31 Days of Feasting on Theology: Chesed

31 Days 2017 Large

Gentle Reader,

Chesed: Hebrew word for God’s loving kindness toward Israel. His loyal love and covenant faithfulness. Enduring and eternal.

Related Concepts and/or Examples

From Hesed to Agape – comparing and contrasting the Hebrew and Greek terms

Arminian Covenant Theology – an exploration of chesed and the covenant by Vic Reasoner

The Unconditional Love of God – short devotional reading

God is Kind – a selection of Bible verses

Signature

For all entries in the 31 Days of Feasting on Theology series, go here.

Advertisements

31 Days of Feasting on Theology: Kenosis

31 Days 2017 Large

Gentle Reader,

Kenosis: Christ’s “self-emptying.” The external exchange by which He laid aside the “form of God” and took on the “form of man.” During the Incarnation, Jesus chose to operate within some of the limitations of humanity (i.e., He was not omnipresent).

Related Concepts and/or Examples

What Is the Kenosis? – a place to begin

A Consideration of the Christological Hymn of Philippians 2 – an old paper of mine that touches on kenosis

Kenosis – scholarly definition

Kenotic Theory – prominent views

Signature

For all entries in the 31 Days of Feasting on Theology series, go here.

31 Days of Feasting on Theology: Rule of Faith

31 Days 2017 Large

Gentle Reader,

Rule of Faith: The set of standards that define a religion. Protestants hold to Sola Scriptura (“Scripture alone”). Catholics and Orthodox use Scripture and Tradition (there are differences in understanding and application of that tradition).

Related Concepts and/or Examples

Tertullian on the Rule of Faith – origin of the phrase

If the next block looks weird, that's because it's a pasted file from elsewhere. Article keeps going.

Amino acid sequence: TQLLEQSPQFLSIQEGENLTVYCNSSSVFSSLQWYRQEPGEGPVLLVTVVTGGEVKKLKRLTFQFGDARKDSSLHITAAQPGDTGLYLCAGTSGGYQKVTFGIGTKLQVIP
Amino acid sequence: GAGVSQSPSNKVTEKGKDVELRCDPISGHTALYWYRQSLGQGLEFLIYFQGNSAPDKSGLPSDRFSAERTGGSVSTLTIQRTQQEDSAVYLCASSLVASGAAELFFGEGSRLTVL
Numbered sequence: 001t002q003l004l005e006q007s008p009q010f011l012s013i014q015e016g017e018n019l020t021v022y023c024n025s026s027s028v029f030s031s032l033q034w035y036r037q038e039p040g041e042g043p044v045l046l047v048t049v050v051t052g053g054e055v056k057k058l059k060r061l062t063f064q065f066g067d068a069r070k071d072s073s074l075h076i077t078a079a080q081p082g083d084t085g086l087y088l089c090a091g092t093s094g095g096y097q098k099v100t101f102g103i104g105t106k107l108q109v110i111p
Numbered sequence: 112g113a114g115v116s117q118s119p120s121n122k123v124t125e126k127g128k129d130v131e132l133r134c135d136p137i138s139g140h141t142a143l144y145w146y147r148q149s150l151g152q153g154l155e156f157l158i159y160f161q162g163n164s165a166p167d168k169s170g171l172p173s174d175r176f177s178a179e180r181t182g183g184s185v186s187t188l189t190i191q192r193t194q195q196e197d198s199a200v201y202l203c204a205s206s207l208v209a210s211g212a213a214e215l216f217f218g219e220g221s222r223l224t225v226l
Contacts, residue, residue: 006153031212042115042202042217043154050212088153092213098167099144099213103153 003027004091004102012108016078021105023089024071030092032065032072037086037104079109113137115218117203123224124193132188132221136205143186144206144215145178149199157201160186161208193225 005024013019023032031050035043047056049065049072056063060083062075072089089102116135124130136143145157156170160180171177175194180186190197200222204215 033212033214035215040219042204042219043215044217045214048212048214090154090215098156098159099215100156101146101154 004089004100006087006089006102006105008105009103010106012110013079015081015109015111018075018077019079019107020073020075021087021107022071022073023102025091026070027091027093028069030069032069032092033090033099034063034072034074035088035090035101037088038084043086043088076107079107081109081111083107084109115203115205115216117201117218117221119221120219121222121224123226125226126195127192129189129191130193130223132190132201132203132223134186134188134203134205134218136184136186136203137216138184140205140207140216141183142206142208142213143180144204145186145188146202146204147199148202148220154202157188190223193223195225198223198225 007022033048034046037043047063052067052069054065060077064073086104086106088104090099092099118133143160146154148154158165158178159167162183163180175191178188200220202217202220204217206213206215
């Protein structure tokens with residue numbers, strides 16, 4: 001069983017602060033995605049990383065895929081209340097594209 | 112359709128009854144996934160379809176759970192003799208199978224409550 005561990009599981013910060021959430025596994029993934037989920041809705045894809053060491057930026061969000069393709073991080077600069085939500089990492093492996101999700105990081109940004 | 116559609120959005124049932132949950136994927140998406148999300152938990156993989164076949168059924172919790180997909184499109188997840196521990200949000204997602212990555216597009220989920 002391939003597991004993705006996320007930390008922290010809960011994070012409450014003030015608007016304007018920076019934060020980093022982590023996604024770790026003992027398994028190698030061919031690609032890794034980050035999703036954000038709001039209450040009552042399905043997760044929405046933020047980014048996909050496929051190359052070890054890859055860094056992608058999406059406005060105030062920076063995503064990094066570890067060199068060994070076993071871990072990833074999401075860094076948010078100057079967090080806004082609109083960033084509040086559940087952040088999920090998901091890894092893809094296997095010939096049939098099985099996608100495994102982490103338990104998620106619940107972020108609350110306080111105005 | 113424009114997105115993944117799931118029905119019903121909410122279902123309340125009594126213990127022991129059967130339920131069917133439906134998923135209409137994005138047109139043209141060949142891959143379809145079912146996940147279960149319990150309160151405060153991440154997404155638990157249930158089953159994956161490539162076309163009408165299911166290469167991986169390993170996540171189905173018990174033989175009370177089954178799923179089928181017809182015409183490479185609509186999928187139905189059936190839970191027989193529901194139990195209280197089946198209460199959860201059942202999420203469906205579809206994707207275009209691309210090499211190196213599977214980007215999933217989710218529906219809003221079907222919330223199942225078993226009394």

How Important is Sola Scriptura? – from the Arminian perspective

John Wesley on the Bible – how the founder of Methodism understood the Rule of Faith

Irenaus on the Rule of Faith – precursor to Tertullian

Signature

For all entries in the 31 Days of Feasting on Theology series, go here.

31 Days of Feasting on Theology: Gnosticism

31 Days 2017 Large

Gentle Reader,

Gnosticism: A second-century movement with pre-Christian, Hellenistic roots. Emphasizes personal experience over doctrine. Dualistic in nature; matter (what can be experienced through the five senses) is lesser or evil, while the spiritual realm is good. Thus, adherents pursue either asceticism or libertinism, as this world and humanity’s actions within it simply do not matter. The Apostle John was definitely not a fan (see the gospel and the first letter bearing his name).

Related Concepts and/or Examples

A Brief Summary – straight from the horse’s mouth

Gnostic Dualism – again from an adherent

Hellenism – explores and explains this time period

The “Gospel” of Philip – an example of Gnostic literature

Signature

For all entries in the 31 Days of Feasting on Theology series, go here.